And schools have begun taking students on far-flung class trips at much younger ages. "It used to be you went abroad as a high school graduation present," said Carey Rivers, a D.C. consultant with Tips on Trips and Camps, a referral service. "Now for spring break, the sixth grade goes to Honduras."

Actually it was Costa Rica in June for middle-schoolers from the Calverton School in Calvert County. Fifth-grade language students at Potomac Elementary School in Montgomery County take spring trips to China. And some schools have developed travel services. Through Sidwell Friends School in the District, for example, a 13-year-old can book a bike tour of the Netherlands or a marine study on the California coast.

Although many youth travel programs provide basic accommodations, others are surprisingly extravagant. One $6,500, four-week tour of U.S. golf courses includes a stay at the Hard Rock Hotel in Las Vegas. When Binjal Patel, a 16-year-old from Salisbury, Md., took a Weissman Teen Tour to several European countries last summer, she said, the food was rich and the hotels fantastic.

"Some of them were, like, huge," Patel said. "The only one that was small was London, but their rooms are usually small anyway."

Some companies make sure prospective travelers know they won't ever be without cable TV and Jacuzzis. Weissman advertises on its Web site that all its European hotels are "SUPERIOR 4 and 5 STAR."

Founder Ronee Weissman said she chooses hotels primarily based on security, and besides, she said, "I find that the kids are very appreciative." When the teenagers visit an "unbelievable" villa in Tuscany where vineyards can be seen for miles and the owner proudly brings out six courses for dinner, "they go over to the manager and say, 'This is a wonderful meal. Thank you,' " Weissman said.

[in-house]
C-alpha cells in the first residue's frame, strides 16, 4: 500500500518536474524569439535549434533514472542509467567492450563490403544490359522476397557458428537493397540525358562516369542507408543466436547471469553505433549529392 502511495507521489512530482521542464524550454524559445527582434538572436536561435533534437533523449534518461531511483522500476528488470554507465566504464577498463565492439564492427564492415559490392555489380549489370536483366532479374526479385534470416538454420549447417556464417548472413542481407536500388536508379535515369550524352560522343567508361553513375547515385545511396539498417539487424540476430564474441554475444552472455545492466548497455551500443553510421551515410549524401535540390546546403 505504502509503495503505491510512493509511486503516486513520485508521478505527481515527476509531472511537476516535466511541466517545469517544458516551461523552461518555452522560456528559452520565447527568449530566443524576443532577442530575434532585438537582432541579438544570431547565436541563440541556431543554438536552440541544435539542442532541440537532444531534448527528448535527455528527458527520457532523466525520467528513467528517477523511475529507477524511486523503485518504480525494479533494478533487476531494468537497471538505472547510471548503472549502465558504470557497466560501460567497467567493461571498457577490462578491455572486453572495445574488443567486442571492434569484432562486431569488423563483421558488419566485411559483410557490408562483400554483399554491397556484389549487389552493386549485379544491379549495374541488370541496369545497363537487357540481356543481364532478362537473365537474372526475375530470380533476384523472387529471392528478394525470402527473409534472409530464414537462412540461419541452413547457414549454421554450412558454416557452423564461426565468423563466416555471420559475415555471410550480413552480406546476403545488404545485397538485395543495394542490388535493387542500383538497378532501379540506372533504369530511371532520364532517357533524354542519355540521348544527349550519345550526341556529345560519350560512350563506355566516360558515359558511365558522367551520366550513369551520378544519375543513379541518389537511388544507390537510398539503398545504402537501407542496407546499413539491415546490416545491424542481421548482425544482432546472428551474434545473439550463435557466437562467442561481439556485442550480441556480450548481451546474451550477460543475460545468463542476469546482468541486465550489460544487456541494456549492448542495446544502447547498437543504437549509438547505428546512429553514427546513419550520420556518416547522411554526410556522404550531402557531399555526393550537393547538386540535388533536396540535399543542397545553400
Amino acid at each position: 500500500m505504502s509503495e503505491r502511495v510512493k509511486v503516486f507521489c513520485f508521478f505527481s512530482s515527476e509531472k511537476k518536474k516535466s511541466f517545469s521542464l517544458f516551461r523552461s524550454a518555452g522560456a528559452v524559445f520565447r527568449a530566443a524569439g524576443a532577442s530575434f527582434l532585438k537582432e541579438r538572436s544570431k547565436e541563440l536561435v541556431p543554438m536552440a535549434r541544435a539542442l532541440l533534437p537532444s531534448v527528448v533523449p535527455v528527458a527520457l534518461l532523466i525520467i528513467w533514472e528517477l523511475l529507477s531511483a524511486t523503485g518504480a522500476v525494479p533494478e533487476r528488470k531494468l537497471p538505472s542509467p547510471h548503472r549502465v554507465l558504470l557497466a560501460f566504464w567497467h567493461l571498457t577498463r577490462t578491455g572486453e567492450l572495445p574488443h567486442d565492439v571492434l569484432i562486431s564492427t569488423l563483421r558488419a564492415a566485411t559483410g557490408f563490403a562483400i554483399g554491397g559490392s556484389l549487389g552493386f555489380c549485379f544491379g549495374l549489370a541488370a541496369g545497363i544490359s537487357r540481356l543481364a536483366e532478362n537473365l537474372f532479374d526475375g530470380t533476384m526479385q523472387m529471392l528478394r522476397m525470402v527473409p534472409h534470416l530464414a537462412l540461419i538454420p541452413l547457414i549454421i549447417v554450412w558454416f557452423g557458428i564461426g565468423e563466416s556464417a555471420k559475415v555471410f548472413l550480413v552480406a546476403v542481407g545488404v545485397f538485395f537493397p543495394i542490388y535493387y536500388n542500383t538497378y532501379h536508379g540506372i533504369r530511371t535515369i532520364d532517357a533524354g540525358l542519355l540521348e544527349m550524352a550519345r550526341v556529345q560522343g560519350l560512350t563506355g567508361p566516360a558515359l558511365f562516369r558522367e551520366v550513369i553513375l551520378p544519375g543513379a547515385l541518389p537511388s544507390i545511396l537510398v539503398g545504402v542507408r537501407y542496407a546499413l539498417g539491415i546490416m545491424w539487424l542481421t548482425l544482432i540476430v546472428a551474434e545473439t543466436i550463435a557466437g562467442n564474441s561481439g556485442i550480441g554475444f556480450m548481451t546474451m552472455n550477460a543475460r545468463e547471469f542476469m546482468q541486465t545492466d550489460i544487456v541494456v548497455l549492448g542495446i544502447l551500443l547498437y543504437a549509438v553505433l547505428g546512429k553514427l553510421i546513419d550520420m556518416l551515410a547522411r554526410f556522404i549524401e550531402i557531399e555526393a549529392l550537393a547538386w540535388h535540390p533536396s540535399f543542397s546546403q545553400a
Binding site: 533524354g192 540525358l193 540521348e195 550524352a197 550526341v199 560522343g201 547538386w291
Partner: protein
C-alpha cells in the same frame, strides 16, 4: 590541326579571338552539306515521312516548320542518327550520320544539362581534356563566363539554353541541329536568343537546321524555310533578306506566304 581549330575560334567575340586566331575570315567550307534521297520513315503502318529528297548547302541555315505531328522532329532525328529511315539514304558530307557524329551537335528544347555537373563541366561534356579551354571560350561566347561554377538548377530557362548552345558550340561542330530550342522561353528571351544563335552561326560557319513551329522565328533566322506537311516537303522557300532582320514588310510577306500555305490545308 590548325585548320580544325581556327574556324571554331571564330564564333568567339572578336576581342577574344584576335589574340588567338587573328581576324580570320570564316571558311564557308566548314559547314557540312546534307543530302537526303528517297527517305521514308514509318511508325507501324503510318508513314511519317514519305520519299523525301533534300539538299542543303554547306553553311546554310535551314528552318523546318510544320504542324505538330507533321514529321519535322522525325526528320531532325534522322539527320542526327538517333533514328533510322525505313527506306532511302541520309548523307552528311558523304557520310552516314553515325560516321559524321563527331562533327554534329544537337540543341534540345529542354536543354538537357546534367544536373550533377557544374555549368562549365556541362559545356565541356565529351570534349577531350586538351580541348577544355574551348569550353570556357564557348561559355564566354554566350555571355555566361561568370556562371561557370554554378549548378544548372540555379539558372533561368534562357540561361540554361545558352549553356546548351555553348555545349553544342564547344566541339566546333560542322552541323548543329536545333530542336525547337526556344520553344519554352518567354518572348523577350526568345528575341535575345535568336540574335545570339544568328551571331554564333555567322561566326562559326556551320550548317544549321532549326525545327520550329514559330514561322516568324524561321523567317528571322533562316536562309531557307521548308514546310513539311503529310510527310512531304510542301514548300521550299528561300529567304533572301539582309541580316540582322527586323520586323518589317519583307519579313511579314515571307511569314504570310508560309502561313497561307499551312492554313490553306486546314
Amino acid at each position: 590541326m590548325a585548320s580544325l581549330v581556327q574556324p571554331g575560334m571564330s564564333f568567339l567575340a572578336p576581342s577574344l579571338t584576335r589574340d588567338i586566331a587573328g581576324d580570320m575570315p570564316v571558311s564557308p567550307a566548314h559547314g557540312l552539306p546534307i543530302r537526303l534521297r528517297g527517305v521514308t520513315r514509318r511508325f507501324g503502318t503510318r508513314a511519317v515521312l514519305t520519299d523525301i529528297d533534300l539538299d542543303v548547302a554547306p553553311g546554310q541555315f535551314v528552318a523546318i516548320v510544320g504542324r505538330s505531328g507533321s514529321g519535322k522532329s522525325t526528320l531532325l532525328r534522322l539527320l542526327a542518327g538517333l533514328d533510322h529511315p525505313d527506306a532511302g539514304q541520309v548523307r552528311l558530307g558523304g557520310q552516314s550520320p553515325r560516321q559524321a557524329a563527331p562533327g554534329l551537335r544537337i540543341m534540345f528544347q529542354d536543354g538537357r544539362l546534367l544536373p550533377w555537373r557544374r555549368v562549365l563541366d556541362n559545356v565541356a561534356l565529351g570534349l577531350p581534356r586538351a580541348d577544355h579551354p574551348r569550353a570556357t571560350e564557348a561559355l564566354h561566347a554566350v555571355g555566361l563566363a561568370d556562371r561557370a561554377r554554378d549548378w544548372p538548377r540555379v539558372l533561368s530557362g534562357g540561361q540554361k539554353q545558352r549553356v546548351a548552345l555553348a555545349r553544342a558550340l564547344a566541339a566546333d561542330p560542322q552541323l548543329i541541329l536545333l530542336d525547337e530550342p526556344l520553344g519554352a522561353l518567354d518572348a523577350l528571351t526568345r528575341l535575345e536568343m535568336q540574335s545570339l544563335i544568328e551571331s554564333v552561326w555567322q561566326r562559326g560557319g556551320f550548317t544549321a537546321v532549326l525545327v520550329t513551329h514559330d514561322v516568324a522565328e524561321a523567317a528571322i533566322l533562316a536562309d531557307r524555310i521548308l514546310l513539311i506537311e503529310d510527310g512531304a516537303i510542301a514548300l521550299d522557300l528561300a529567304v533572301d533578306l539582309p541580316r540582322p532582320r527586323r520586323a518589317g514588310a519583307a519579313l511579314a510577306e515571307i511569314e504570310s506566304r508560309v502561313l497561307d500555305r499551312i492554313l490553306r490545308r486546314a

Whether the kids fully appreciate the opportunities -- whether the camaraderie is more memorable than the setting -- is perhaps an unanswerable question. A testimonial on one teen tour Web site reflects the theme of many others: "This summer was amazing because I was with my friends 24/7." One seventh-grader raved in her instant-message profile after a middle school trip to Italy, "HOTT guys rode on buses. HOTTER guys were in the army. HOTTEST guys drive the mopeds!!"

Travis Yates, operational director for the Florida-based tour company ActionQuest, said "the vast majority of students know how lucky they are" to be traveling on the best boats that can be chartered. He loves to see teenagers grow independent over the summer, from the first time they struggle to make dinner and he tells them, "There's one item in that galley that opens the can."

"They get away from Instant Messenger now, and they're almost useless," Yates said. "I have shipmates who turn their cell phones on, even though they don't work."

But then they are left to sail the boat; Yates said he almost never touches the helm.

Rob Woods, 16, of McLean is going on an ActionQuest sailing trip in the British Virgin Islands, as his brother did; he has also taken a teen bike trip in New England and gone to basketball camp in Spain. "We both traveled extensively in our careers," his mother, Kathryn, said of herself and her husband. "It's important to see some of the world and enjoy themselves."

Rob has sailed with his family, off Maine and New York's Fire Island. "But I never really wanted my dad to teach me," he said.

Independence is a big reason Crowlie has urged teen trips on her children. "Certainly, as your economic status grows, you see it as an opportunity to learn skills and experiences you can't get in Bethesda for 16 years, with your parents doing everything for you," she said.

At a camp information fair in the winter, her 15-year-old daughter, Alison Bunnen, said: "I was so amazed by all the activities you could choose to do -- the Caribbean or Hawaii or the Fiji Islands or Ireland. I have never been to Ireland. It's such a pretty place."

But still, "I think Ireland is too much for a first time," she said. She's off to Puerto Rico instead.

Lizzie Bunnen, 17, of Bethesda found day camp routine and sleep-away camp boring. In recent summers, she has been to Costa Rica, Idaho and Spain. Lizzie Bunnen, center, has decorated her room with photos of her summer trips. Her sister Alison, 15, is headed to Puerto Rico this summer, and brother Phil, also 15, will go to computer camp.